Surrounded by his daughters and relatives in a mud and brick house located in central Kashmir, Abdul Rashid Khan is a broken man. His seven-year-old daughter sobs, with eyes fixed on door, waiting for the breadwinners of the family.
A mobile tower mechanic by profession, 24-year-old Ishfaq Ahmad Khan left home for work and never returned. What did return was the news that he had joined the armed resistance movement of Kashmir.
On November 27, 2018, Abdul Rashid Khan, 48, was shocked when he saw a picture of his son, Ishfaq, on social media holding an AK-47 assault rifle, which has now become a signature way for youth to announce their entry into an armed outfit.
This news devastated the entire Khan family, especially Ishfaq’s four sisters. This was another shock for the family, as Ishfaq’s younger brother, Umar Khan, 21, was earlier detained by the Jammu and Kashmir police under the Public Safety Act (PSA).
Sitting in his one-storey house located at Goripora Sozeith in Budgam district, Rashid narrated his tale about how his once happy family was shattered since his two sons distanced themselves.
During the Urban Local Body Elections in Jammu & Kashmir, held a few months ago, police arrested stone-pelters in many areas before the elections to prevent any law and order situation.
On October 8, 2018, policemen from Parimpora police station surrounded Rashid’s house in the middle of the night and asked him about Umar’s whereabouts. Rashid asked “Kheari Cha”? (is everything alright?). He said that without replying to his question, a cop grabbed him by his collar and threw him in an armed vehicle. “Bring Umar to the police station tomorrow” a cop told Rafiqa, Rashid’s wife.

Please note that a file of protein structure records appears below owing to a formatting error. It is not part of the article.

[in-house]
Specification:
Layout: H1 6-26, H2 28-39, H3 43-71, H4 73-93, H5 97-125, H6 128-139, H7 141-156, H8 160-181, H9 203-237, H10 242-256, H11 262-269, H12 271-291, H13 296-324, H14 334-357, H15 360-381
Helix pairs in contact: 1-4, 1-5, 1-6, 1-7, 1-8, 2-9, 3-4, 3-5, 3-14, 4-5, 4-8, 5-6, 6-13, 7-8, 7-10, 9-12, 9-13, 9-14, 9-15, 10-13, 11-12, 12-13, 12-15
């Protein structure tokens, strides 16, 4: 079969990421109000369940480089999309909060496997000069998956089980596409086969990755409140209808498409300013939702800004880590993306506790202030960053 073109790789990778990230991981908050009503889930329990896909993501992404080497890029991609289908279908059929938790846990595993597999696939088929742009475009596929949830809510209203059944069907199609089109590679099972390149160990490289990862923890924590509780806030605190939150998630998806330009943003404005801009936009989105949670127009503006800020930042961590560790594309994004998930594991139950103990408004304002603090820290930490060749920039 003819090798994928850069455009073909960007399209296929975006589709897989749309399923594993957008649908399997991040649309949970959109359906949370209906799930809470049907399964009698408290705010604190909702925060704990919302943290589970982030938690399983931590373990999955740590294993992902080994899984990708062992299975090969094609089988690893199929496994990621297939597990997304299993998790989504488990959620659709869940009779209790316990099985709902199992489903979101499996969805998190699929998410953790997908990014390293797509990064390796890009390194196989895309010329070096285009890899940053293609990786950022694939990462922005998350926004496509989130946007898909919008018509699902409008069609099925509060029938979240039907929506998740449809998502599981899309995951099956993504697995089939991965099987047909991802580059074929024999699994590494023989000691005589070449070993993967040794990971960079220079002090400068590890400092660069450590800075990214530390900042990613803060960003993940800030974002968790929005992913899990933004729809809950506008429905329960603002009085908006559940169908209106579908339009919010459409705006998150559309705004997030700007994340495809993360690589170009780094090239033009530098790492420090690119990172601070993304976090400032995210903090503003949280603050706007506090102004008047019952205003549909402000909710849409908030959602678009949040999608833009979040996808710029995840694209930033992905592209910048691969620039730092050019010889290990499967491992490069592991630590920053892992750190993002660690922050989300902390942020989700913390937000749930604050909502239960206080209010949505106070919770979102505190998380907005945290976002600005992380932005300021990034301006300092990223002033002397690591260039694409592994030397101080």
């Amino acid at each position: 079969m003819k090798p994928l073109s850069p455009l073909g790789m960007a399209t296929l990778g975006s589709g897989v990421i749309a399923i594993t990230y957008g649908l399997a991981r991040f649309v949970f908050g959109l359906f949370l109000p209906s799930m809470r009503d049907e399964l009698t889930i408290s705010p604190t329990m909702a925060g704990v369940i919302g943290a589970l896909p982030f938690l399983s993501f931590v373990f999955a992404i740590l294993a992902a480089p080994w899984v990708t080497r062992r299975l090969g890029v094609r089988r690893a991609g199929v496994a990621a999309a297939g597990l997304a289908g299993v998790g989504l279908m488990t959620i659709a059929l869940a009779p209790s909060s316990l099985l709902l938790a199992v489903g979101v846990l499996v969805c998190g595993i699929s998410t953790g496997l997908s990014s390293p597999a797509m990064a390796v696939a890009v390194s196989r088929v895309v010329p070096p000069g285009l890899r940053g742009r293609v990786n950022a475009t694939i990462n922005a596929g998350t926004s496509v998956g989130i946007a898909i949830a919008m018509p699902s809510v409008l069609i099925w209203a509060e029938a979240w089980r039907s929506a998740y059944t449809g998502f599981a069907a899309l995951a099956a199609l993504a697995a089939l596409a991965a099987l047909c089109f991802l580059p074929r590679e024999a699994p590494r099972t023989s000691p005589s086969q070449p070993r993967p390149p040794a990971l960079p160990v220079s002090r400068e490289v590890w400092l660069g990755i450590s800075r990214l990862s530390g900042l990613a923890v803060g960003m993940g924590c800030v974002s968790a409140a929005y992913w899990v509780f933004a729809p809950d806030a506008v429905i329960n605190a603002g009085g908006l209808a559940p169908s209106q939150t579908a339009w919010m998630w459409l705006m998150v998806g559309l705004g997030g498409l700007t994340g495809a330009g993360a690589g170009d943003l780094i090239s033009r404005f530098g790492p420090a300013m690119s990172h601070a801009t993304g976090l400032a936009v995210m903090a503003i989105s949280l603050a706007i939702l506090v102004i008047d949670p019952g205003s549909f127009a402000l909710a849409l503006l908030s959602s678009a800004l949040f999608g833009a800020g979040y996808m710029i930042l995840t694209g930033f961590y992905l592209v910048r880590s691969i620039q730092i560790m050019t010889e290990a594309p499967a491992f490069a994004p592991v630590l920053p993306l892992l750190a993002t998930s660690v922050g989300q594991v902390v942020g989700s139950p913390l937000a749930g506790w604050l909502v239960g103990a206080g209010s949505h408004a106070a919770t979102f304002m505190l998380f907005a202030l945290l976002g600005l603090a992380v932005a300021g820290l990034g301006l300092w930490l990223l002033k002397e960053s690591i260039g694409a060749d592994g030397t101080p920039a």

Umar’s family said they were scared to produce him before the police, as any harm or torture would have worsened his condition as he was physically weak. Considering Umar’s health, Ishfaq decided to go to the police station.
“I’m suffering from multiple heart disease, I need to take medicine at regular times,” said Rashid, who was released. But, Ishfaq was detained for 15 days. During this time, Rashid kept visiting the police station pleading to the Station House Officer (SHO) to release his son and asking why they were looking for Umar as he was not involved in any case.
But, Rashid says, that instead of providing proper details, the SHO would abuse him. “Whenever I went to the police station, the SHO used to abuse me, thrash me, and asked me not to come to the police station,” recalled Rashid.
At times, the SHO would abuse me in front of Ishfaq which used to make him angry, he added.
On October 23, Ishfaq returned home with memories of 15 days spent in lock-up and torture marks on his body.
Rashid said he decided to take Umar to the police station, as the police had promised everyone that they would put him under arrest for a few days only.
At this point, Ishfaq requested the family not to take Umar to the police station as he feared that the police would hold him under PSA. However, Rashid said he kept faith in the promise given by the police in front of the villagers.